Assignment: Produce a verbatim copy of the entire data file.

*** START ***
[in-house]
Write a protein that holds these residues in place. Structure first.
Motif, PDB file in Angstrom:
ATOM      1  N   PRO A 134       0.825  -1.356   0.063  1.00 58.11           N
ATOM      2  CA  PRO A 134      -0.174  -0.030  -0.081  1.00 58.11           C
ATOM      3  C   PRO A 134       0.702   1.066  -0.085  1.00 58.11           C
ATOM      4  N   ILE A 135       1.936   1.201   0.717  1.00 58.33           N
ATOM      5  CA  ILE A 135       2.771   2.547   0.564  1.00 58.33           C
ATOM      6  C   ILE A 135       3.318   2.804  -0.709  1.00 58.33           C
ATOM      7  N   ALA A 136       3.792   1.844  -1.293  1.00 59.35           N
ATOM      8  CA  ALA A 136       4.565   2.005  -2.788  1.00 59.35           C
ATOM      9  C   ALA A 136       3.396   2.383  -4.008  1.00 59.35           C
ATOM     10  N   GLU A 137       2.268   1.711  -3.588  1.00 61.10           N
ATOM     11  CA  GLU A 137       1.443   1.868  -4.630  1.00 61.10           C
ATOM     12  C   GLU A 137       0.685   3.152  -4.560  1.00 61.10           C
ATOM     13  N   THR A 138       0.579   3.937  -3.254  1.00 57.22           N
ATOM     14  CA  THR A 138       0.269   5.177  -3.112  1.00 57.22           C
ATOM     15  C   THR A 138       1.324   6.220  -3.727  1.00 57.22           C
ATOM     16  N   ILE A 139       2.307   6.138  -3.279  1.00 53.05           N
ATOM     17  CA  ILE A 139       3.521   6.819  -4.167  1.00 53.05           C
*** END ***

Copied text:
[in-house]
Write a protein that holds these residues in place. Structure first.
Motif, PDB file in Angstrom:
ATOM      1  N   PRO A 134       0.825  -1.356   0.063  1.00 58.11           N
ATOM      2  CA  PRO A 134      -0.174  -0.030  -0.081  1.00 58.11           C
ATOM      3  C   PRO A 134       0.702   1.066  -0.085  1.00 58.11           C
ATOM      4  N   ILE A 135       1.936   1.201   0.717  1.00 58.33           N
ATOM      5  CA  ILE A 135       2.771   2.547   0.564  1.00 58.33           C
ATOM      6  C   ILE A 135       3.318   2.804  -0.709  1.00 58.33           C
ATOM      7  N   ALA A 136       3.792   1.844  -1.293  1.00 59.35           N
ATOM      8  CA  ALA A 136       4.565   2.005  -2.788  1.00 59.35           C
ATOM      9  C   ALA A 136       3.396   2.383  -4.008  1.00 59.35           C
ATOM     10  N   GLU A 137       2.268   1.711  -3.588  1.00 61.10           N
ATOM     11  CA  GLU A 137       1.443   1.868  -4.630  1.00 61.10           C
ATOM     12  C   GLU A 137       0.685   3.152  -4.560  1.00 61.10           C
ATOM     13  N   THR A 138       0.579   3.937  -3.254  1.00 57.22           N
ATOM     14  CA  THR A 138       0.269   5.177  -3.112  1.00 57.22           C
ATOM     15  C   THR A 138       1.324   6.220  -3.727  1.00 57.22           C
ATOM     16  N   ILE A 139       2.307   6.138  -3.279  1.00 53.05           N
ATOM     17  CA  ILE A 139       3.521   6.819  -4.167  1.00 53.05           C